Protecting Your Business’s Invisible Assets: What Small and Medium-Sized Businesses Should Know about Protecting their Intellectual Property
By: Jaclyn Flint – RBE Attorney
It is a common myth that intellectual property matters are reserved only for larger companies and do not affect small or medium-sized businesses. However, like other myths and fairy tales, this is fiction. Just like its larger corporate counterparts, a small or medium-sized business’s intellectual property can account for some of its most valuable assets and may be critical to its growth and success. Therefore, small and medium-sized business owners and entrepreneurs must be aware of the rights vested in their intellectual property and how to protect these valuable assets. This article provides a basic overview of intellectual property small and medium-sized businesses may own, the rights associated with that intellectual property, and ways to protect those intellectual property assets.
Common Forms of Intellectual Property
A small or medium-sized business may possess four basic forms of intellectual property—trademarks, copyrights, patents, and trade secrets. A trademark (or service mark) can be any word, phrase, symbol, or design that distinguishes the source of a particular good or service. Trademarks can help a business establish brand recognition and loyalty and can provide a business valuable commercial goodwill. Trademarks are highly valuable assets that allow a business to set its products or services apart from its competitors. Where a business has established significant goodwill in the market through a particular trademark, the business may transfer the value of that goodwill by either selling or licensing the trademark to another entity.
In contrast, copyrights protect and establish rights in various forms of expression by an author that are fixed in a tangible form. See 17 U.S.C. § 102(a). Protectible expressions include literary works; musical works (such as musical scores and lyrics); dramatic works (such as screenplays or scripts); pantomimes and choreography; pictorial, graphic, or sculptural works; motion pictures and audiovisual works; sound recordings; and architectural works. See id. Computer software programs are also treated as copyrightable properties. The owner of a copyright in an expressive work possesses the exclusive rights to perform, or license others to perform, the following with a copyrighted work: (1) reproduce the copyrighted work as copies or phonorecords; (2) prepare works derived from the copyrighted work; (3) publicly distribute or sell copies or phonorecords of the copyrighted work; (4) publicly perform the copyrighted work; (5) publicly display the copyrighted work; or (6) publicly perform a copyrighted sound recording through digital audio transmission. 17 U.S.C. § 106.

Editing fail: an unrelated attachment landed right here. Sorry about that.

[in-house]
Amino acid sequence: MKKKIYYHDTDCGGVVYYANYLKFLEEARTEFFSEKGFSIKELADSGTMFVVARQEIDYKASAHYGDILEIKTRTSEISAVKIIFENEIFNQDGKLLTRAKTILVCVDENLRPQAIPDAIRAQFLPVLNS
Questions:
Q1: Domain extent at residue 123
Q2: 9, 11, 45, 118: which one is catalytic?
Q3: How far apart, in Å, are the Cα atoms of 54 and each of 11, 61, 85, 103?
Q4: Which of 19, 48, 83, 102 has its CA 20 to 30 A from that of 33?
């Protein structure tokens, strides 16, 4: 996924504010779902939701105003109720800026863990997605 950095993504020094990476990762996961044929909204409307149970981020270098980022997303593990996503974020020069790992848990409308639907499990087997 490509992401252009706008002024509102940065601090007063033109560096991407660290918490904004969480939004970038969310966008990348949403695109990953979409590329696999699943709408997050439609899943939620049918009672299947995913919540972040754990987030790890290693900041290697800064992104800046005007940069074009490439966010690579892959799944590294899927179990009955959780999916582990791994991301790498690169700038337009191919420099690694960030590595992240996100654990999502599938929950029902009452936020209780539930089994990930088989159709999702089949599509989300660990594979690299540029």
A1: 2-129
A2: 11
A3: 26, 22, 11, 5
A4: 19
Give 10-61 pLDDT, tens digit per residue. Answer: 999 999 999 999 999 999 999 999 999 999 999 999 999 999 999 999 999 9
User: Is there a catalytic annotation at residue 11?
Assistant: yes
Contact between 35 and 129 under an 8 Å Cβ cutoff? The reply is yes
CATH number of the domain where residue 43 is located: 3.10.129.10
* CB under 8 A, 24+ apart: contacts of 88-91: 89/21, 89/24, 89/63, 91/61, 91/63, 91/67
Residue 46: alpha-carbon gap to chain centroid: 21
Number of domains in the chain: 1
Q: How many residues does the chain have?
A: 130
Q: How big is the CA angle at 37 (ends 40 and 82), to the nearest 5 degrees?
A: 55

Patents protect and provide rights to inventors for practical innovations. There are three kinds of patents available: utility patents, design patents, and plant patents. Utility patents are the most common type of patent and are available to an entity that invents or improves upon a new and useful process, machine, manufactured product, or composition of matter. Design patents may be issued to an entity that invents an original and ornamental design for a particular manufactured product. A plant patent is available to any entity that invents or discovers and asexually reproduces any distinct and new plant variety. Securing a patent for a particular process, design, or invention will grant the patent owner the exclusive right to use, sell, or manufacture goods using the patented innovation, and such rights may be licensed or transferred for value.
Trade secrets are at the core of many small or medium-sized businesses. A trade secret can consist of any information or process that is shielded from the public and provides a competitive or commercial edge to its owner. Popular examples of trade secrets include secret recipes or formulas, like the secret spice blend for KFC’s fried chicken or the secret 23 flavors in Dr. Pepper. However, a business’s trade secrets can be much broader and may include information such as client lists, strategic business plans, sales or distribution processes, or other information that gives a business an advantage over its competition.